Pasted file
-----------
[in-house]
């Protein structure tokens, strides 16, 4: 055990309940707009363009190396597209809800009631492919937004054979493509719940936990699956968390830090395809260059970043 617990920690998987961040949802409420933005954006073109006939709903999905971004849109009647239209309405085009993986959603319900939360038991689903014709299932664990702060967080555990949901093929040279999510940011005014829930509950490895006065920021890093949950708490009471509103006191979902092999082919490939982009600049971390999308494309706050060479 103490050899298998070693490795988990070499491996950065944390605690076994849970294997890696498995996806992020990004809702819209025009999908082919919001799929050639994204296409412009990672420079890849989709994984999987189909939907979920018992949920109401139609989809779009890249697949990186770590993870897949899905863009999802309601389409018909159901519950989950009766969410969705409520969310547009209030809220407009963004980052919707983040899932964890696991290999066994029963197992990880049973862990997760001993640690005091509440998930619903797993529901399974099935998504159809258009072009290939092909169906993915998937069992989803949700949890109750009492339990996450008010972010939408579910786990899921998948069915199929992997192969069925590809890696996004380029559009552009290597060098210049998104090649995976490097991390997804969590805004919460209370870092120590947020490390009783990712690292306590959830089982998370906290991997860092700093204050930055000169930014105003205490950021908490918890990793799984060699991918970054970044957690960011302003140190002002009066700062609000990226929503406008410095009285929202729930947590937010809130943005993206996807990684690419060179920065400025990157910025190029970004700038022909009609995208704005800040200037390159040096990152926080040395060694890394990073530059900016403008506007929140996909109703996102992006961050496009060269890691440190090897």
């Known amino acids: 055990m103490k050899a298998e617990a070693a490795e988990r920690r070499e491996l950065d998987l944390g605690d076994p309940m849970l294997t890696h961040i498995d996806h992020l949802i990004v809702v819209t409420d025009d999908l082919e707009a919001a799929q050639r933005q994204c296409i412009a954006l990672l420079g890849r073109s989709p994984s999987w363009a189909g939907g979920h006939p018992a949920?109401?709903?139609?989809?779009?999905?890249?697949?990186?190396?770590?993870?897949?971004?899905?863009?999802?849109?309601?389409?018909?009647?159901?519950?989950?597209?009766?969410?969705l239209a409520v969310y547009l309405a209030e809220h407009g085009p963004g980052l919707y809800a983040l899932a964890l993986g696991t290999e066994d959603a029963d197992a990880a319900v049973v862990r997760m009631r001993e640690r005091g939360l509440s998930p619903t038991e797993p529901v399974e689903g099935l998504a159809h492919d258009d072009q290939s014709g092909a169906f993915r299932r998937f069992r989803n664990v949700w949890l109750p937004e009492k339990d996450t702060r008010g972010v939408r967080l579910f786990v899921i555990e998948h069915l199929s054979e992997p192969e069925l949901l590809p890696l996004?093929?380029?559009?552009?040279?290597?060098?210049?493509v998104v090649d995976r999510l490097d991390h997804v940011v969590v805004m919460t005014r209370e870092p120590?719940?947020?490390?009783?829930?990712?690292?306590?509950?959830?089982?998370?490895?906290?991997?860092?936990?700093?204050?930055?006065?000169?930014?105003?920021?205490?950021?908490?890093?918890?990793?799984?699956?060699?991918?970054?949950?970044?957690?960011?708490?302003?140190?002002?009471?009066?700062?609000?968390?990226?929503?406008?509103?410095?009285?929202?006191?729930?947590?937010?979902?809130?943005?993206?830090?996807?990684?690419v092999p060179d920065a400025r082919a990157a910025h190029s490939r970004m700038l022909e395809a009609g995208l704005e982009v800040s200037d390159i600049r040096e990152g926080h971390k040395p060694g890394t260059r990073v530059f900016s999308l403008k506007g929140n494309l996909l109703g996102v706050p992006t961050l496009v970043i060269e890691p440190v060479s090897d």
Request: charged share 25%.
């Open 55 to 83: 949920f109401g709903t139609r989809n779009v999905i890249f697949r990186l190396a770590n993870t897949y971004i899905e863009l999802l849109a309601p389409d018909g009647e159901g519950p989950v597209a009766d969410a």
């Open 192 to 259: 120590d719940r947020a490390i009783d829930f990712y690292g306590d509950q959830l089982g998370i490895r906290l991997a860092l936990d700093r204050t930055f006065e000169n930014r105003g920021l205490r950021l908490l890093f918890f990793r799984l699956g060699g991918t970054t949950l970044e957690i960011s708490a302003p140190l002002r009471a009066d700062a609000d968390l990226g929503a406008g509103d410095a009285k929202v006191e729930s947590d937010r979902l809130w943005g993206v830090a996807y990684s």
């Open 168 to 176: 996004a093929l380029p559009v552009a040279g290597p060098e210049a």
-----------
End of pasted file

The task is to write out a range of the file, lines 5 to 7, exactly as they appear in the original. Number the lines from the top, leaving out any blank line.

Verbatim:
């Open 55 to 83: 949920f109401g709903t139609r989809n779009v999905i890249f697949r990186l190396a770590n993870t897949y971004i899905e863009l999802l849109a309601p389409d018909g009647e159901g519950p989950v597209a009766d969410a």
């Open 192 to 259: 120590d719940r947020a490390i009783d829930f990712y690292g306590d509950q959830l089982g998370i490895r906290l991997a860092l936990d700093r204050t930055f006065e000169n930014r105003g920021l205490r950021l908490l890093f918890f990793r799984l699956g060699g991918t970054t949950l970044e957690i960011s708490a302003p140190l002002r009471a009066d700062a609000d968390l990226g929503a406008g509103d410095a009285k929202v006191e729930s947590d937010r979902l809130w943005g993206v830090a996807y990684s």
């Open 168 to 176: 996004a093929l380029p559009v552009a040279g290597p060098e210049a």